Of course this is not to deny the proper place of the sign gifts. As Grant Osborne remarks: “Jesus by no means is opposed to such acts of power, for he frequently performed such works himself. But such deeds must flow out of a life characterized by a superior righteousness (5:20), and without that such deeds are worthless. This applies closely to many quasi-Christians. They attend faithfully and have some involvement in the church, but they have never actually given themselves over to Jesus, and their lives/fruits show this. In the final analysis, they are ‘rotten’ trees that produce no true fruit.”
He continues, “All too many will face a Matt 7:23 destiny: ‘I never knew you. Depart from me, workers of evil.’ This is too high a price to pay; shallow so-called ‘Christians’ are playing games with their eternal destiny and must be warned. I believe a major purpose of every pastor must be to wake up the slumbering ‘Christians’ (Rev 3:2-3; 16:15) and get them on the path of following the will of the Father (cf. Rom 12:2; 1 Pet 4:2)!”
Exactly right. Recently I was asked about the biblical basis for a sinful nature, which some leaders were denying. I replied, in part, that we are not sinners because we sin, but we sin because we are sinners. Until we really realise our utterly lost condition without Christ, and the utmost seriousness of our sin, we will never really become true converts.
Charles Spurgeon had it right when he said: “Evangelical repentance is repentance of sin as sin: not of this sin nor of that, but of the whole mass. We repent of the sin of our nature as well as the sin of our practice. We bemoan sin within us and without us. We repent of sin itself as being an insult to God. Anything short of this is a mere surface repentance, and not a repentance which reaches to the bottom of the mischief. Repentance of the evil act, and not of the evil heart, is like men pumping water out of a leaky vessel, but forgetting to stop the leak. Some would dam up the stream, but leave the fountain still flowing; they would remove the eruption from the skin, but leave the disease in the flesh.”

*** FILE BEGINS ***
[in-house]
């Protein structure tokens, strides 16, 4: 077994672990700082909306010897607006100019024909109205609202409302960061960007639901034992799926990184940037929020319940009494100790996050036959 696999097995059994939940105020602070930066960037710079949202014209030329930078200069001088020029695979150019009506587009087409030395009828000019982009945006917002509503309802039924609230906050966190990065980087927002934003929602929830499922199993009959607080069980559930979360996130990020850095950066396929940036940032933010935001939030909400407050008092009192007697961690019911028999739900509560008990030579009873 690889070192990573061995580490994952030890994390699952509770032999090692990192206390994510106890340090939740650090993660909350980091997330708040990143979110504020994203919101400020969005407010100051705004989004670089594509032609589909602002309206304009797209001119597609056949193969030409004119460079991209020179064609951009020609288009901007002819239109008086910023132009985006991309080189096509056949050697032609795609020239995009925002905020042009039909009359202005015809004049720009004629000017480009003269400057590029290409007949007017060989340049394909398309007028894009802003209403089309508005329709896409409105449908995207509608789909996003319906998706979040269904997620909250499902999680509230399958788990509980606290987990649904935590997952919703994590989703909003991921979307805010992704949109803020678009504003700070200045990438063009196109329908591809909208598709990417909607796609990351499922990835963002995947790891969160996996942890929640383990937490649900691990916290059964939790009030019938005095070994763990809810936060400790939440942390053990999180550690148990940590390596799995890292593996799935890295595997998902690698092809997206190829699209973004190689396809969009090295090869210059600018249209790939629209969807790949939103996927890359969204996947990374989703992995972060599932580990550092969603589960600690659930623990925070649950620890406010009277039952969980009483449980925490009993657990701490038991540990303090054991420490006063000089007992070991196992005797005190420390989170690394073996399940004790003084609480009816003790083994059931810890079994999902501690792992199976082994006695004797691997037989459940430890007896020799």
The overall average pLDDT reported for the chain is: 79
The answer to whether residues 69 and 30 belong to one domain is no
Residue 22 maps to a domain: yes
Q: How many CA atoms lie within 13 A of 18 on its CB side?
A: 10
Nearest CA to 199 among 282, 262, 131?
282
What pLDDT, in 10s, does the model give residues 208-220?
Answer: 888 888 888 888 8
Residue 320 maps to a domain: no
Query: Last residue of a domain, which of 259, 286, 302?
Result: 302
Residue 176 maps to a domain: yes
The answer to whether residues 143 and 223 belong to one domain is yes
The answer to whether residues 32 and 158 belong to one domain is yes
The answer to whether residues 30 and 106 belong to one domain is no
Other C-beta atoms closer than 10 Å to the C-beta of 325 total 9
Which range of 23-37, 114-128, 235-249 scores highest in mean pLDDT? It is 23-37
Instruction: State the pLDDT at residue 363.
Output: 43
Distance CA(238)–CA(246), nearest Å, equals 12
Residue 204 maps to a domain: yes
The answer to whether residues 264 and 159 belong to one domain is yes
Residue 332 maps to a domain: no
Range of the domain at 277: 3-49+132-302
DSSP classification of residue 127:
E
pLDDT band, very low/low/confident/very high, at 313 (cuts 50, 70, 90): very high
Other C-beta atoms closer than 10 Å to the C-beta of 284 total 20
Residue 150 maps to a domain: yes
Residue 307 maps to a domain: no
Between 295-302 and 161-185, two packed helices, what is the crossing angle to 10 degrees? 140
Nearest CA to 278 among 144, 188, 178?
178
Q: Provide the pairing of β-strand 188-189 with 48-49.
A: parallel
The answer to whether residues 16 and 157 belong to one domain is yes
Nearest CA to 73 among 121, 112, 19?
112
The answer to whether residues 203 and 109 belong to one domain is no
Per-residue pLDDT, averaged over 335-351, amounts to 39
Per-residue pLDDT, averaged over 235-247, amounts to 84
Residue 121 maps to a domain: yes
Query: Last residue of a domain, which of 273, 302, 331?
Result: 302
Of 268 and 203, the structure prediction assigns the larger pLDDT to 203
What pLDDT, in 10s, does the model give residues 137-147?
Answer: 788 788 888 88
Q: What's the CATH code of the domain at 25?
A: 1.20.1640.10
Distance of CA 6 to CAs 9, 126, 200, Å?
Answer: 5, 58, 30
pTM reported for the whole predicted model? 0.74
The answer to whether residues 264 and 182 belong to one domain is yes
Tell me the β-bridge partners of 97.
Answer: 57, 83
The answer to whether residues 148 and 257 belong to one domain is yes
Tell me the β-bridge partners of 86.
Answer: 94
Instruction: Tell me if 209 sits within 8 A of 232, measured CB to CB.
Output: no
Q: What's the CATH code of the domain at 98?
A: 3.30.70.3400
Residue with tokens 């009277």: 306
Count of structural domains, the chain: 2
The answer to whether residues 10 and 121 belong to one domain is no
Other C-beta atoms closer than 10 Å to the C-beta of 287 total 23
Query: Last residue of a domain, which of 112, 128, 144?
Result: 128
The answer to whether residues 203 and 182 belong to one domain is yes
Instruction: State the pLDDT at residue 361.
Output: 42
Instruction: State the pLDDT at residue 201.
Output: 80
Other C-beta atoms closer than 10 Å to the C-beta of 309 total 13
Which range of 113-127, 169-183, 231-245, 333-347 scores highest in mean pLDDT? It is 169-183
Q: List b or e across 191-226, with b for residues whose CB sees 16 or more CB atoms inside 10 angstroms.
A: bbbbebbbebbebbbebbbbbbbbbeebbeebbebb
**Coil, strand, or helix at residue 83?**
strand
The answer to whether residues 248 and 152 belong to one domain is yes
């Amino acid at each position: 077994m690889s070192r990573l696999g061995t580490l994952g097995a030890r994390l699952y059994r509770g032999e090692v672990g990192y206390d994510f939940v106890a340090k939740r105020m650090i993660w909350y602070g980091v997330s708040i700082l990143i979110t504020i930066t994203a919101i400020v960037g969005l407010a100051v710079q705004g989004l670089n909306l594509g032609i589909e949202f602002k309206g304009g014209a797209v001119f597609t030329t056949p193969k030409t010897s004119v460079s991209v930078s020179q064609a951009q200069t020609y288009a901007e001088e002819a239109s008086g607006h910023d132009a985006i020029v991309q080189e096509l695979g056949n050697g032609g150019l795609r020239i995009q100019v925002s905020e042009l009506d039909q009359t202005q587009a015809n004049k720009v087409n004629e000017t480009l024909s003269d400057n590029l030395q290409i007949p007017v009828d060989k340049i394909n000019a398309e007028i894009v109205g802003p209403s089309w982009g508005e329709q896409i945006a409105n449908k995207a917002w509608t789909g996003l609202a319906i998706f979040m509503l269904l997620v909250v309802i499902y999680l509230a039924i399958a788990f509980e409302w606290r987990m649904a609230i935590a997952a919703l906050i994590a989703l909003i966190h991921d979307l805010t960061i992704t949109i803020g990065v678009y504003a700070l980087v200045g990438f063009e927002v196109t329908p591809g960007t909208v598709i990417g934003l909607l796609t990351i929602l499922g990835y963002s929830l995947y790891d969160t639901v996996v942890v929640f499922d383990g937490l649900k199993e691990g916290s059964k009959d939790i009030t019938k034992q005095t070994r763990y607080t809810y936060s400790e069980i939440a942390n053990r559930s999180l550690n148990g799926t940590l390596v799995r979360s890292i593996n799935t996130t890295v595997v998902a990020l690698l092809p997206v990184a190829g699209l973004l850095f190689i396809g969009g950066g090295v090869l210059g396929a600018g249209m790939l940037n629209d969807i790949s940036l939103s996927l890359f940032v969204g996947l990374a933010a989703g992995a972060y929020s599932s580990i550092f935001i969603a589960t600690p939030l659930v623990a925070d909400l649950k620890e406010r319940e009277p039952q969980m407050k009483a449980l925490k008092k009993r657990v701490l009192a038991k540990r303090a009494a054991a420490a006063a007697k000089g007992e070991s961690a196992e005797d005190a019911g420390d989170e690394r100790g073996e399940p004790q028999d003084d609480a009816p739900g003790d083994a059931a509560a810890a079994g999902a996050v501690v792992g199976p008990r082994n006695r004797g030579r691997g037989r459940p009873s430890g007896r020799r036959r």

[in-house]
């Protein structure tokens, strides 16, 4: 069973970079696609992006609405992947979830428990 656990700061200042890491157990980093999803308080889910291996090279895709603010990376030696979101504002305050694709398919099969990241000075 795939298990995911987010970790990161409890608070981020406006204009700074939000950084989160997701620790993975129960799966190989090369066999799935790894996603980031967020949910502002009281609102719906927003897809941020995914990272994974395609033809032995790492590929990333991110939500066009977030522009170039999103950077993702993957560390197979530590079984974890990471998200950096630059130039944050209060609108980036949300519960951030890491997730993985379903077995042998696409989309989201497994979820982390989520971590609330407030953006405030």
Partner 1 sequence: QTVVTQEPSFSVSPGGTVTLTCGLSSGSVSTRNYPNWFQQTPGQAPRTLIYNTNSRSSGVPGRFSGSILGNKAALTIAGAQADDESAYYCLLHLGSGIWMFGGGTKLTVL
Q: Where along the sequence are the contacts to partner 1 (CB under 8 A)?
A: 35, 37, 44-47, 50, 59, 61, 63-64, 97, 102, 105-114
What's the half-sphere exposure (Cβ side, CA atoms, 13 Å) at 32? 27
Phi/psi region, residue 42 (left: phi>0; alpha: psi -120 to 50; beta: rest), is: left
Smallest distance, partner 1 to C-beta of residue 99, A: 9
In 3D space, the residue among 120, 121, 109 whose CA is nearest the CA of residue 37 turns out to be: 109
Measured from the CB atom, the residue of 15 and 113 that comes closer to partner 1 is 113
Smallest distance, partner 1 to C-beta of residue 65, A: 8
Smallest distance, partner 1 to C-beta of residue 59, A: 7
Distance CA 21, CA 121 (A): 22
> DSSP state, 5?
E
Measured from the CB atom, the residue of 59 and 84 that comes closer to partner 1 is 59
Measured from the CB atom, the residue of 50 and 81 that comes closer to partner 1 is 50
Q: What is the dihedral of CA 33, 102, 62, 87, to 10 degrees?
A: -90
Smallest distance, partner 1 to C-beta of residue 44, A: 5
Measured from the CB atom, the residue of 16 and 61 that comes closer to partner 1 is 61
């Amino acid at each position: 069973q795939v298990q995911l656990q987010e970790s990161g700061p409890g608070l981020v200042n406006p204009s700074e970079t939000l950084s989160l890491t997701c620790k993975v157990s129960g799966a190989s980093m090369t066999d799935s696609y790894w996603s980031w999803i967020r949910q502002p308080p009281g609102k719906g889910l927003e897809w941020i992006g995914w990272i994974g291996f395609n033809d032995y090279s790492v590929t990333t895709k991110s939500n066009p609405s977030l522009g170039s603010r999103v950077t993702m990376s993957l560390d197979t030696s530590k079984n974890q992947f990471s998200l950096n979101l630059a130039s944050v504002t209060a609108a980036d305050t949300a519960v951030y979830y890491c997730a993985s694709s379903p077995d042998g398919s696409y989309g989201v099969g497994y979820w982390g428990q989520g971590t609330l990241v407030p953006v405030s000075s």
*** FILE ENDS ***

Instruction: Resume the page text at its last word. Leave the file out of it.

Matthew 7:21-23 has to be one of the most horrific things we can read in all of Scripture. It is a sobering warning to all of us. But for those who have seriously come to Jesus on his own terms, and repented of sin and self, and cast themselves on the mercy of Christ, then we can have assurance of sins forgiven and new life in Christ.
That is the good news of the gospel, but it can only come about when we face the horror of the bad news of the gospel. Until we do, we will not be in a place where we can readily face such strong words as found in this passage.
Postscript: About half way through writing this piece I thought it seemed all a bit familiar. So I did a quick check and sure enough, last month I also wrote on this passage of Scripture. But hey, a text as vitally important as this one certainly deserves to be discussed more than once. May we all prayerfully and carefully consider the words of Jesus here.